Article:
When investigating accidents, our built-in hindsight bias kicks and pushes us to construct a chain-of-events model that trace failure in a straight line, from narrow to broad end, from present to the past. The result is that the operators appear to make the wrong choice every step of the way despite the correct actions being obvious, which in turn pushes us towards punishing them.

What if, during the investigation, instead of going backward in time, we go forward instead, and experience the uncertainty of the operators at key moments? Imagine being there, faced with an anomaly in the data you're getting, with multiple decisions looming ahead and time running out: do you spend more time on investigating or do you take the most likely corrective measure? Is the metric you're looking at faulty or is the component it's tracking breaking? Does this fall under your job description or should you alert someone else? Add to that the many often conflicting constraints communicated to you from above: should you get the job done quickly? Or safely? Or efficiently?

There are many advantages to viewing the world using this metaphor. It produces more actionable recommendations: should the operators be trained for handling this type of failure? Did they have access to the right metrics? Did they have the right tools to handle the accident effectively? Did they get the right support from management to make the right decision as quickly as possible? It also injects a healthy dose of empathy and respect for the operators. No longer are they bumbling idiots not doing their job right, but are decent people operating in an uncertain world, trying to do the best job they can.

Leading up and Down

Dekker emphasizes the need for information to flow smoothly up and down in an organization. The front-line employees get the most detailed and up to date information, because they're exposed to the raw quirks and rhythms of the system. Through this, they adapt the operating procedures for more efficiency through little shortcuts. The farther you go from here, the less details you see. Team leads, supervisors, managers, department heads, and directors get an increasingly distilled and abstract view of the system. This allows them to see the bigger picture and tackle problems that are over the horizon.

If information doesn't flow up, then the people responsible for long term goals can't make the right decisions. Faulty processes that lead to accidents won't get changed and resources won't get allocated for improving safety. It's too easy to look at the high level picture and fool yourself into believing that everything is working fine. It's important to push responsibility down in an organization, so that people facing the problems have the resources they need to make whatever fixes are necessary. This is the only sustainable way not to drown in an ocean of recurring problems. To make this effective, information must also flow downward. By communicating the goals clearly, leaders will make the everyday life for the front-lines easier by helping them to decide how to prioritize work.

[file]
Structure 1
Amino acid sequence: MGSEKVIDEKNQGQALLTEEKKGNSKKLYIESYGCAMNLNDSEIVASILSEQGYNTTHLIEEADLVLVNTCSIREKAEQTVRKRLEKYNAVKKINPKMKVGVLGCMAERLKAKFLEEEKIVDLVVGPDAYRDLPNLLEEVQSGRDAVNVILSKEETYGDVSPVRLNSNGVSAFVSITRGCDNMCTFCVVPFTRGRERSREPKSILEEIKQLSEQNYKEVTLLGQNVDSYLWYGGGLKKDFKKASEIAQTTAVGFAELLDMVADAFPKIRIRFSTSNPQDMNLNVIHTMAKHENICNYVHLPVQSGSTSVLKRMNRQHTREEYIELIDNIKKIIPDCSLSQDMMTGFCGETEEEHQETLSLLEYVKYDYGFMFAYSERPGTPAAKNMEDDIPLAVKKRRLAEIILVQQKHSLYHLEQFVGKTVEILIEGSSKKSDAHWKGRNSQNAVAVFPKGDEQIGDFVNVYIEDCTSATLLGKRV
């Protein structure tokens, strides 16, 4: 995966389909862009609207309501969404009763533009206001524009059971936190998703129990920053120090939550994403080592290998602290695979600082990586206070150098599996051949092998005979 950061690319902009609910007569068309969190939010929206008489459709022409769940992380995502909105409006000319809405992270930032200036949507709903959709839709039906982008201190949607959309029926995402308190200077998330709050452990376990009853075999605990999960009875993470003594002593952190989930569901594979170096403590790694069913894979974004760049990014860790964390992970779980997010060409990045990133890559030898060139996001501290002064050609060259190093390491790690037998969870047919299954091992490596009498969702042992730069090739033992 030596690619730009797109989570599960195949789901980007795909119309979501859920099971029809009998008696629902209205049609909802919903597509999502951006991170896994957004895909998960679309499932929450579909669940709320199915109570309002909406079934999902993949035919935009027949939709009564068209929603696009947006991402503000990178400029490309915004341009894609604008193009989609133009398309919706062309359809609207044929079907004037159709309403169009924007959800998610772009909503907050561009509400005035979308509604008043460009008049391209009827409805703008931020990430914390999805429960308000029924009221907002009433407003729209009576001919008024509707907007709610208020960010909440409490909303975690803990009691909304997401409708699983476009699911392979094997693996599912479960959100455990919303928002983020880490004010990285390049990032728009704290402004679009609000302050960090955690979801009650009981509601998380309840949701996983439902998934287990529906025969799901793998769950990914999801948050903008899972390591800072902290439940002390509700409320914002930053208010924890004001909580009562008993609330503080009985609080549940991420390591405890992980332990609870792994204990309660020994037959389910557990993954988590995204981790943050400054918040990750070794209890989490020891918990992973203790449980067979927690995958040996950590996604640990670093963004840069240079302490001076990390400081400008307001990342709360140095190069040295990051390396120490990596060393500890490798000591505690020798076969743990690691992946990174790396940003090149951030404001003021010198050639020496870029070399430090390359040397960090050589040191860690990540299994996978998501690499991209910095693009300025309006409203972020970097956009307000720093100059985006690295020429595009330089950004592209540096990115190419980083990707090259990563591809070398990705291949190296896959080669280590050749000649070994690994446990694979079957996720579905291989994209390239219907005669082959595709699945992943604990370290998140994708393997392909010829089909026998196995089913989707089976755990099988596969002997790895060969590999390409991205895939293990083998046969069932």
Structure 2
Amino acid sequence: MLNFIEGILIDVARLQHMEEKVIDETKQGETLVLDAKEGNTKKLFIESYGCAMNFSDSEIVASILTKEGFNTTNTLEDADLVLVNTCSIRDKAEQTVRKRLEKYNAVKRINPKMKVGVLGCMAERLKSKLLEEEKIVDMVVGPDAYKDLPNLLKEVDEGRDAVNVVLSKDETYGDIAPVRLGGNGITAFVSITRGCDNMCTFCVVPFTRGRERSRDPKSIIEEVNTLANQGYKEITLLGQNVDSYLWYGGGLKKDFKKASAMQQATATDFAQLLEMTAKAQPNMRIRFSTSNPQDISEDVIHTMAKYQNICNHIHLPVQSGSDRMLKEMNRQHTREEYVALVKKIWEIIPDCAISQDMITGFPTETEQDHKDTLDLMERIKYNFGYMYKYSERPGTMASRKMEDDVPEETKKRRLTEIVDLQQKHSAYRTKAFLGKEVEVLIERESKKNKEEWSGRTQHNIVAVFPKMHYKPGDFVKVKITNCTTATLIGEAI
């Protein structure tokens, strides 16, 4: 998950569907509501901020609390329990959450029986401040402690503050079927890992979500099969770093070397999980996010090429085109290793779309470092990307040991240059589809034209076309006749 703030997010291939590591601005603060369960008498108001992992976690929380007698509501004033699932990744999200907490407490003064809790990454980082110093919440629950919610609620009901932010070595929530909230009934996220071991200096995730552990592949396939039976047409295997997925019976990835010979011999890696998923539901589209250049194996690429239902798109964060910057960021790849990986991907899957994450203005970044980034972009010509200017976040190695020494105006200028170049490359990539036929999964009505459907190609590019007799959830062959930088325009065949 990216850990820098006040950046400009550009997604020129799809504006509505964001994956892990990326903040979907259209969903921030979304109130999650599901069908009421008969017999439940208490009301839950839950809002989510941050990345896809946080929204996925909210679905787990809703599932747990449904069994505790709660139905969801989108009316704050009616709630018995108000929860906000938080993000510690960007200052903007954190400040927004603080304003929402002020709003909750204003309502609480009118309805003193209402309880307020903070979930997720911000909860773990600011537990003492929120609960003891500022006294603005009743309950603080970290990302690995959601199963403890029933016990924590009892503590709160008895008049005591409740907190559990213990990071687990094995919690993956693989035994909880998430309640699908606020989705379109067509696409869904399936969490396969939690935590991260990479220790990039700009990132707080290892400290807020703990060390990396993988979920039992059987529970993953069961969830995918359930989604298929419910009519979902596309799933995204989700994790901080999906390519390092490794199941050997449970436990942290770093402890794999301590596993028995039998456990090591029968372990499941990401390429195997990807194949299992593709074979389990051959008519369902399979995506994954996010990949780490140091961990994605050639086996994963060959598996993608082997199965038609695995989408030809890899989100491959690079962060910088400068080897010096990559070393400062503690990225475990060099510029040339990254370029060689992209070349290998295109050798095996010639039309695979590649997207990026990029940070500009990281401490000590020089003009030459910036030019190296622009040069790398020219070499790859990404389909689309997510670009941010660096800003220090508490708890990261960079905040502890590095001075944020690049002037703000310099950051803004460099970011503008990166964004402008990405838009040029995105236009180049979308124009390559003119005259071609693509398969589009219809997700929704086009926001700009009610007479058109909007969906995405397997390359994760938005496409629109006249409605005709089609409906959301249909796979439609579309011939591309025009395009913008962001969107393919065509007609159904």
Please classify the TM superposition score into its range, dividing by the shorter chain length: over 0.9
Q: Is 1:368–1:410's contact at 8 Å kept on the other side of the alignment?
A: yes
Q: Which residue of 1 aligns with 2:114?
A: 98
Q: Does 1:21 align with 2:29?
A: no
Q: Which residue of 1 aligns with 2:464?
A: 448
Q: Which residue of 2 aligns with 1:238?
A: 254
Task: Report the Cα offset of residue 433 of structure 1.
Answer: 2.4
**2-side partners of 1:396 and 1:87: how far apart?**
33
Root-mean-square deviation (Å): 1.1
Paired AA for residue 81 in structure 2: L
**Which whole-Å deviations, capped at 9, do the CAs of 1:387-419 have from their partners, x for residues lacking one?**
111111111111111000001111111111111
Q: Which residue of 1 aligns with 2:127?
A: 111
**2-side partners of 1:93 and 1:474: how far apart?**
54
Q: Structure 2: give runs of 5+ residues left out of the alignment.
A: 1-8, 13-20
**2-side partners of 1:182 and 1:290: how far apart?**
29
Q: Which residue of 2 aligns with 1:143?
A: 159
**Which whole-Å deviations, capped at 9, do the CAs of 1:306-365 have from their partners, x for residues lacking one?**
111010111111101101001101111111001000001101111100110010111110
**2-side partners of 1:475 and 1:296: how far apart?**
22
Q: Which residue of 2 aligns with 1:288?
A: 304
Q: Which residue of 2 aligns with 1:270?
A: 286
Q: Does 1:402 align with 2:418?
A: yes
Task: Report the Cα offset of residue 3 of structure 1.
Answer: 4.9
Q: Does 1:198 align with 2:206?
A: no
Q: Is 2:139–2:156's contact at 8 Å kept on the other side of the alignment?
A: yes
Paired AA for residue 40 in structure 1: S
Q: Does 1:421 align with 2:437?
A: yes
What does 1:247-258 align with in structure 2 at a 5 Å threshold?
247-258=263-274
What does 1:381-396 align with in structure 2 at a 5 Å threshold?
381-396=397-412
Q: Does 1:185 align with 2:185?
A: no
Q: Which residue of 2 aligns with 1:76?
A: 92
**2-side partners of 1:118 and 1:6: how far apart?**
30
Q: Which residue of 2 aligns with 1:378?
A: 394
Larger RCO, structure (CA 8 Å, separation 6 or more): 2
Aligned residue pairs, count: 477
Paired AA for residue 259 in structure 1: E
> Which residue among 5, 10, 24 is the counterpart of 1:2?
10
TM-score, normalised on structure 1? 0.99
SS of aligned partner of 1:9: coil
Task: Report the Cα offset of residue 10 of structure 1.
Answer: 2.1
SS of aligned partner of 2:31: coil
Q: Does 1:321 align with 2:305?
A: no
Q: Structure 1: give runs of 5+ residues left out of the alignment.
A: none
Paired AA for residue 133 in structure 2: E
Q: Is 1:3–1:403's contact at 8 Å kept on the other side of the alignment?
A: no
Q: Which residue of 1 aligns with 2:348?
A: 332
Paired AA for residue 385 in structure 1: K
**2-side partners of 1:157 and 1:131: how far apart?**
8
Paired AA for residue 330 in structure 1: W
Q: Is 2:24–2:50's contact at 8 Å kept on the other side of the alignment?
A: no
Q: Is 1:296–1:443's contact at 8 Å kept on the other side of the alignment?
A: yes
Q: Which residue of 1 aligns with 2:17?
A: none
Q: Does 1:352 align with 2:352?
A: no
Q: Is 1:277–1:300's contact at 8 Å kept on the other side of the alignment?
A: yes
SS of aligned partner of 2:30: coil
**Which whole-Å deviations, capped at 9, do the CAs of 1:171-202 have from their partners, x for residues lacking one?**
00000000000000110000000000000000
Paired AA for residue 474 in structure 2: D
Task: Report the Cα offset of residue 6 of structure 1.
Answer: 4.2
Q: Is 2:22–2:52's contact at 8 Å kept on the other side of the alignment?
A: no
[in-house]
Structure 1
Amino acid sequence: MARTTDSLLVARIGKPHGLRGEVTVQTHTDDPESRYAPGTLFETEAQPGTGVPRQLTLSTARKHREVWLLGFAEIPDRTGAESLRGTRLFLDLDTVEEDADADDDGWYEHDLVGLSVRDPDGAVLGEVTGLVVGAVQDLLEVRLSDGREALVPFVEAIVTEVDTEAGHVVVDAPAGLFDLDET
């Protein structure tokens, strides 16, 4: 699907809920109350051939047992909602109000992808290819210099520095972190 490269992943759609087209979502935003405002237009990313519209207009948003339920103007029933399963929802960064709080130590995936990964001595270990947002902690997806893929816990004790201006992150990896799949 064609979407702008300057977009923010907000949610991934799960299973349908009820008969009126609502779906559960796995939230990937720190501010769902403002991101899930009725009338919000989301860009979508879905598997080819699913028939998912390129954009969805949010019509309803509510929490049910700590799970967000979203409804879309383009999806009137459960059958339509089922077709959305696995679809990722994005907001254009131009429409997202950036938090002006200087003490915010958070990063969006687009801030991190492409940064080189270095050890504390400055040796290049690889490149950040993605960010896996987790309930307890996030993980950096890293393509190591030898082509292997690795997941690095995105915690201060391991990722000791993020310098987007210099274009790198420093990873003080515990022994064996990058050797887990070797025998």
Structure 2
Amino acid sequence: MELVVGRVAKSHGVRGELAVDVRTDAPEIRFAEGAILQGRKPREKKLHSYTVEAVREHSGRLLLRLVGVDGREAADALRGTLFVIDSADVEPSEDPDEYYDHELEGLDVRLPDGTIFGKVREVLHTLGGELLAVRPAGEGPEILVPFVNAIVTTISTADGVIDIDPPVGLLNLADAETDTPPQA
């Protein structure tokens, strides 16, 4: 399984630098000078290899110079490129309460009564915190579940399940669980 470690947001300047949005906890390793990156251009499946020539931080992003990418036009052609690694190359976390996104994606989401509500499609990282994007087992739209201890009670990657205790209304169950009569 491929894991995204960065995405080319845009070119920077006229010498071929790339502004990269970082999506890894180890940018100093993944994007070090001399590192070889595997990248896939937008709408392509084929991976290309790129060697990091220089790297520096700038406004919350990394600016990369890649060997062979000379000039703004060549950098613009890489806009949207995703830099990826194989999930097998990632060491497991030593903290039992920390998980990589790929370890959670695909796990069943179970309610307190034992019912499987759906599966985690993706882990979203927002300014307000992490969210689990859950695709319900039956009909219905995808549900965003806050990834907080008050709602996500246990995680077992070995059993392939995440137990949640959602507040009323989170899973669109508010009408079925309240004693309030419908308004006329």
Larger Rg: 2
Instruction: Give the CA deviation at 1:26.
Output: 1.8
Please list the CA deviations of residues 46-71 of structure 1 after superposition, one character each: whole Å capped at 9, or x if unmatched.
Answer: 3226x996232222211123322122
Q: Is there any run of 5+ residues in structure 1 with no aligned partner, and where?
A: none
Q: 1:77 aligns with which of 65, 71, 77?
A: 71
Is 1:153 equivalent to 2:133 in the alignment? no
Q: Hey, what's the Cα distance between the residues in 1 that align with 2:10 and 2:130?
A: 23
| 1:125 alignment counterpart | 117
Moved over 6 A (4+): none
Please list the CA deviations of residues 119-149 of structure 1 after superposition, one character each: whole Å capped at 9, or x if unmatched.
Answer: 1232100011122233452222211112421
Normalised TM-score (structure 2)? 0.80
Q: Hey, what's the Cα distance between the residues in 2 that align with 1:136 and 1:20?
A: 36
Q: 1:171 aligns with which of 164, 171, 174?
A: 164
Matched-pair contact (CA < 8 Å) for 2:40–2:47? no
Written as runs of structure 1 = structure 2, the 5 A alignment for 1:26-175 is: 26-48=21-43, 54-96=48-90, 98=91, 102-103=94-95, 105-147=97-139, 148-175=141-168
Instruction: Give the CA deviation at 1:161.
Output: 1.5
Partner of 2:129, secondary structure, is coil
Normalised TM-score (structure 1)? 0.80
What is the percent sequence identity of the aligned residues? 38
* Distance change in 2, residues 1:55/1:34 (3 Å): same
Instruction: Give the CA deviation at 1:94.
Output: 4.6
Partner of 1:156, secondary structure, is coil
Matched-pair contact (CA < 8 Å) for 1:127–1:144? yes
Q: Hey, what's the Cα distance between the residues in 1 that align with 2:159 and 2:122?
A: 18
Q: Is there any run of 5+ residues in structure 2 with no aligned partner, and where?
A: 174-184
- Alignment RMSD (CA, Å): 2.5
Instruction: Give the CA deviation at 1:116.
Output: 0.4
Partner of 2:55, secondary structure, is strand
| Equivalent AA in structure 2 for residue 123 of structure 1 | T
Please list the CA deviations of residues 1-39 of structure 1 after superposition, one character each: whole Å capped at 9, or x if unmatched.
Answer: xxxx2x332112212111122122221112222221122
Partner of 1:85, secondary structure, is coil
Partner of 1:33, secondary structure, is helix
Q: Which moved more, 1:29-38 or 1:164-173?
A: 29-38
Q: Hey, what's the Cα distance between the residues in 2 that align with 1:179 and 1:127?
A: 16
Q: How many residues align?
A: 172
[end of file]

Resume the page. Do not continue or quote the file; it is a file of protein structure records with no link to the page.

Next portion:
A healthy feedback loop allows the organization to evolve and adapt to changing conditions.

Drifting into Failure

Safety and reliability are hard to reason about. They're usually expressed as mushy probability distributions, which makes it easy for humans to trade some of that fuzzy stuff for concrete wins. For example, by omitting some testing, we can deliver a feature sooner and get praise from our boss or positive reviews from users. But exactly how much safety did that decision cost? Would other people see this trade-off in the same way? Are your coworkers engaging in similar trades that you don't know about?

When you decrease reliability, you usually don't get hard and immediate feedback. Skipping a unit test doesn't normally cause everything to burst into flames. One day, perhaps months later, someone will execute that code path with a different set of variables and then everything will explode. Because this process is slow and almost invisible, Dekker calls it drifting toward failure. I've first discovered this idea as "normalization of deviance" in Danluu's excellent post.

It's scary. It's hard to think about and even harder to express. Yet it's there, crawling unseen between lines of code, depleting the safety margins, until there's no more reliability to borrow from and suddenly the whole thing collapses. Dekker and Danluu agree that the only way to counteract this is to force yourself into a perpetual state of unease and vigilance. More concretely:

It's a hard pill to swallow on both the individual and organization level. From the first, it requires working against your instincts and living with a constant feeling of uncertainty. From the second it requires developing a culture of trust and humbleness as well as consciously balancing and rebalancing the long view against short term wins.